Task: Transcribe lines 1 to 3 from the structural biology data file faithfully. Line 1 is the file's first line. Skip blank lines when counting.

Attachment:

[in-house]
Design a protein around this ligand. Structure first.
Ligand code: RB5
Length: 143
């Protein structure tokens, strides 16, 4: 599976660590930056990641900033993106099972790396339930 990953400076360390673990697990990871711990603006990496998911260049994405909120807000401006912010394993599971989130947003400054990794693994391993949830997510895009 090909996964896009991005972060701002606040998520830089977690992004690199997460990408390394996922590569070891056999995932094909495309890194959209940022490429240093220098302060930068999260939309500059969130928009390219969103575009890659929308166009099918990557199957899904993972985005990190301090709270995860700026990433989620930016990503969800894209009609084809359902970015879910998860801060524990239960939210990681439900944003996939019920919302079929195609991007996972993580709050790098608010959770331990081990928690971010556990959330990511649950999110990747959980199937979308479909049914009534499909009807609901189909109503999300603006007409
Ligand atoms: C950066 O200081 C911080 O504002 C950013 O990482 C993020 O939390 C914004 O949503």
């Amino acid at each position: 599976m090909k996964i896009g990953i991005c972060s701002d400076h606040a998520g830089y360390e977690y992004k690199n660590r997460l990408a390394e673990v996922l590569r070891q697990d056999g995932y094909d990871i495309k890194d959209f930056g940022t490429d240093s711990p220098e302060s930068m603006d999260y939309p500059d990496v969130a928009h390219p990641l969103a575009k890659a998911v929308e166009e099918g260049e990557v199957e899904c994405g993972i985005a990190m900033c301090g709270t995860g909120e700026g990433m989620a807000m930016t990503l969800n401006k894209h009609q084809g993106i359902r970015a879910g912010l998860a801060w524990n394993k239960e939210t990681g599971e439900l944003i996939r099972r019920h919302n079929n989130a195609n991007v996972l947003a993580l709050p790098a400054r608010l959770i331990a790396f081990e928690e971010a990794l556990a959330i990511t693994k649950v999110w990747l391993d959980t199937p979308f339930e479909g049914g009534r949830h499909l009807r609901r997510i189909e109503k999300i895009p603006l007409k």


[in-house]
Design a protein around this ligand. Structure first.
Ligand code: RB5